"Citizenship in Europe and the Construction of Gender by Law in the European Charter of Fundamental Rights"

Michigan Law Authors
Areas of Interest
Publish Date
2004
Publication
Gender and Human Rights
Publication Type
Book Chapter
Abstract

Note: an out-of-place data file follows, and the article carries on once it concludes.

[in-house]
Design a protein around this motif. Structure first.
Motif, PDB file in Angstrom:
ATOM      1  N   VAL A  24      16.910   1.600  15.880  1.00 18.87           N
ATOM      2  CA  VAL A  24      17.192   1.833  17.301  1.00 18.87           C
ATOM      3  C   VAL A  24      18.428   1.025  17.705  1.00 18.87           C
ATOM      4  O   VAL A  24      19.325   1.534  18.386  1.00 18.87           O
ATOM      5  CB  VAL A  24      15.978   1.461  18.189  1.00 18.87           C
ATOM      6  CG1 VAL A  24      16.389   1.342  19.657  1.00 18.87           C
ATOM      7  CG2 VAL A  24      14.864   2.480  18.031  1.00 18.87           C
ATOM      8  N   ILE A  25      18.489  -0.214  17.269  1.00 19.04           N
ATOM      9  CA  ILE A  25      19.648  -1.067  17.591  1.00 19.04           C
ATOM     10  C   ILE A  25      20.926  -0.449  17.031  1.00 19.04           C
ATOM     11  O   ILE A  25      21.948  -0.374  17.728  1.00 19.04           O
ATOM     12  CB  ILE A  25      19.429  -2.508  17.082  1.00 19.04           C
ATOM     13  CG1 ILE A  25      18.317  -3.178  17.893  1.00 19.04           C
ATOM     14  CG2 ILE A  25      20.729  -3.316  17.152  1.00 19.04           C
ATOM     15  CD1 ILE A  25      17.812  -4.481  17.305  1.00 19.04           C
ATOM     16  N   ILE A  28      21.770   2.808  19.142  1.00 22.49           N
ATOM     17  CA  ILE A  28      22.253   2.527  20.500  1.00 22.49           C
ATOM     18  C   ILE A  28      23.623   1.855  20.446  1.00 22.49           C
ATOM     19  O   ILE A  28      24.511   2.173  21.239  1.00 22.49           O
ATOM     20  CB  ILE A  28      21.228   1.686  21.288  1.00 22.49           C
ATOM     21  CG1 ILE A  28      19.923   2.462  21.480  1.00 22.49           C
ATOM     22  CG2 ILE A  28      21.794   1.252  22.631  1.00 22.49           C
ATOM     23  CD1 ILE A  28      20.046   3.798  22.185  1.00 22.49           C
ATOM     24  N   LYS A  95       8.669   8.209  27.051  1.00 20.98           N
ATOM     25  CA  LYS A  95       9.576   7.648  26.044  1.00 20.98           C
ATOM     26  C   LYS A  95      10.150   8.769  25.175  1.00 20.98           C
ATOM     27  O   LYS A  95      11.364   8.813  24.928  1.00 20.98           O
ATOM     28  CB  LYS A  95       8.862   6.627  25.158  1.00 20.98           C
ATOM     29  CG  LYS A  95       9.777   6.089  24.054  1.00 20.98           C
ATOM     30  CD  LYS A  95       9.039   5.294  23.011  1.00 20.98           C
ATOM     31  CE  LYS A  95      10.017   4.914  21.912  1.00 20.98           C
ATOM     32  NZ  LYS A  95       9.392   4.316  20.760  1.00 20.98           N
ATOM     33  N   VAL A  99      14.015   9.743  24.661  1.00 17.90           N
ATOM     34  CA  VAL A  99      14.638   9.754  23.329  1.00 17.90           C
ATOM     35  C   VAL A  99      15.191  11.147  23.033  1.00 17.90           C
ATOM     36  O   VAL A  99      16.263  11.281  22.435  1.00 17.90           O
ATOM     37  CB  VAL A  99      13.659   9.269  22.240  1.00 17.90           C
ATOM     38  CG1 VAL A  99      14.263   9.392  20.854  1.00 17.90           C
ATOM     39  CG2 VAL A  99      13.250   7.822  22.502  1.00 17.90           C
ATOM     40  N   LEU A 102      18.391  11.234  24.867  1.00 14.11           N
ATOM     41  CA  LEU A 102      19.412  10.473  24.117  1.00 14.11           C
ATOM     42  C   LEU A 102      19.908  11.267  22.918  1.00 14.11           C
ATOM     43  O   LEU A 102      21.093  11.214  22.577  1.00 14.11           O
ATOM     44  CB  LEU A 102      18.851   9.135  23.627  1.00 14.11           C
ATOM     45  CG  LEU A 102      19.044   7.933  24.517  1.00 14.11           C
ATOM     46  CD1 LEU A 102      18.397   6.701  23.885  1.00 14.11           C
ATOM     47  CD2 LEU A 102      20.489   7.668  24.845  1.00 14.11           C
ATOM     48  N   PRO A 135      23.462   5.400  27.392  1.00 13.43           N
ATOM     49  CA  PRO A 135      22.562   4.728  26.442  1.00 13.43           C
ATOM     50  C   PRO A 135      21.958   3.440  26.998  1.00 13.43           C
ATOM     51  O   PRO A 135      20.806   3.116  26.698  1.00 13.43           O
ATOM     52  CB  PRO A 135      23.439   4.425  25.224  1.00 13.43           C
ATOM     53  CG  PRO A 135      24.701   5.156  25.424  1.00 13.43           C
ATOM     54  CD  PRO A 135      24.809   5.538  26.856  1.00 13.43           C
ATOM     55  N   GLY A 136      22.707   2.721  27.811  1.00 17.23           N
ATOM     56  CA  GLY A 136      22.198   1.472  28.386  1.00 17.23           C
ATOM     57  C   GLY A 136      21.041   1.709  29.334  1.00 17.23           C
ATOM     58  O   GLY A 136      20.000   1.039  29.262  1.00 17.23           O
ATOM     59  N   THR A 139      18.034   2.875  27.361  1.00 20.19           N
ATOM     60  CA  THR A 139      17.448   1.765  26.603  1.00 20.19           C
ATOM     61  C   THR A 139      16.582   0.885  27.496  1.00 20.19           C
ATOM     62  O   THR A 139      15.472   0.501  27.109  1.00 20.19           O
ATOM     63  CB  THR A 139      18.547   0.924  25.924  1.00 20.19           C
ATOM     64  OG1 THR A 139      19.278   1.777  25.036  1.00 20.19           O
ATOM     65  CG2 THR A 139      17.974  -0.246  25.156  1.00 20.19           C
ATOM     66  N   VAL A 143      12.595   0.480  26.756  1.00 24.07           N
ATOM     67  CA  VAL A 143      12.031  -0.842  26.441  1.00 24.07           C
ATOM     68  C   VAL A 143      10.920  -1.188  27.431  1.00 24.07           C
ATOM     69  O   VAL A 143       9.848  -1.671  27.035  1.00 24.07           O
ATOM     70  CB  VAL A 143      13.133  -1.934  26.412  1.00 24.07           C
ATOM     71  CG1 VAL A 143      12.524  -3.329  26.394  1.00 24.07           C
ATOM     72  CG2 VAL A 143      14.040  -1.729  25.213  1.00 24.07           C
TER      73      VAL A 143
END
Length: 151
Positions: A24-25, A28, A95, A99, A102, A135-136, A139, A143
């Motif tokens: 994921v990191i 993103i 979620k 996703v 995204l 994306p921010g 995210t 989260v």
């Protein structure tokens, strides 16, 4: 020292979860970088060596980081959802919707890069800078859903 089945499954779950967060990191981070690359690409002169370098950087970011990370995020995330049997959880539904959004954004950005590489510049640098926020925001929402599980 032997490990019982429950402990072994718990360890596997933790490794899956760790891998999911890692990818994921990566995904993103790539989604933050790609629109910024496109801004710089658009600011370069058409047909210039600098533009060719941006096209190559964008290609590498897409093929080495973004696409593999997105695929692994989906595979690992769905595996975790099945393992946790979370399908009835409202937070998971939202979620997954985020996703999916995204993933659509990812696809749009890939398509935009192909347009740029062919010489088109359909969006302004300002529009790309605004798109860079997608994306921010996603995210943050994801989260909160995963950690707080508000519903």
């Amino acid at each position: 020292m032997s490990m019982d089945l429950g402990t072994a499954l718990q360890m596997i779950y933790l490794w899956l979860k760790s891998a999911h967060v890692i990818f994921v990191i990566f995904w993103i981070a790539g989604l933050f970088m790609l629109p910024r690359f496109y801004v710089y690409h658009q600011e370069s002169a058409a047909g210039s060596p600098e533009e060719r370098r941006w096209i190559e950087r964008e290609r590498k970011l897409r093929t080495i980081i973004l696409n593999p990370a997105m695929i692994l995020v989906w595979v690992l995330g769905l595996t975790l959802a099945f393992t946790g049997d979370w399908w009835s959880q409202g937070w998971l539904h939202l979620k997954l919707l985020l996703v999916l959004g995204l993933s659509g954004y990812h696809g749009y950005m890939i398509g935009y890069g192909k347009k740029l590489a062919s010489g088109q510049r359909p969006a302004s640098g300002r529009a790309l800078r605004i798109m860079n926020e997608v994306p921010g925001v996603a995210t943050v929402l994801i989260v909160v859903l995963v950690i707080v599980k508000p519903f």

The concept of citizenship gained the attention of several political thinkers during the 1990s. This is evident from the responses of various European law experts regarding situations where legal recognition was used to define European citizenship as administered by the Maastricht Treaty of the European Union. Article 8 of the Treaty states how people who are of the nationality of any of the EU's Member States should be deemed citizens of the Union. Also, it states that these citizens are entitled to the rights described by the Treaty, and they are also required to fulfill the duties that are imposed by the Treaty. Because this is a transnational phenomenon, European citizenship cannot be treated merely as having legal status of belonging to a particular state. As the European Charter of Fundamental Rights was proclaimed a few years after, focus was given to Europe's social dimension. This chapter explains the notion of citizen as discussed within the Charter, specifically on how gender is constructed and how gendered a particular person is.

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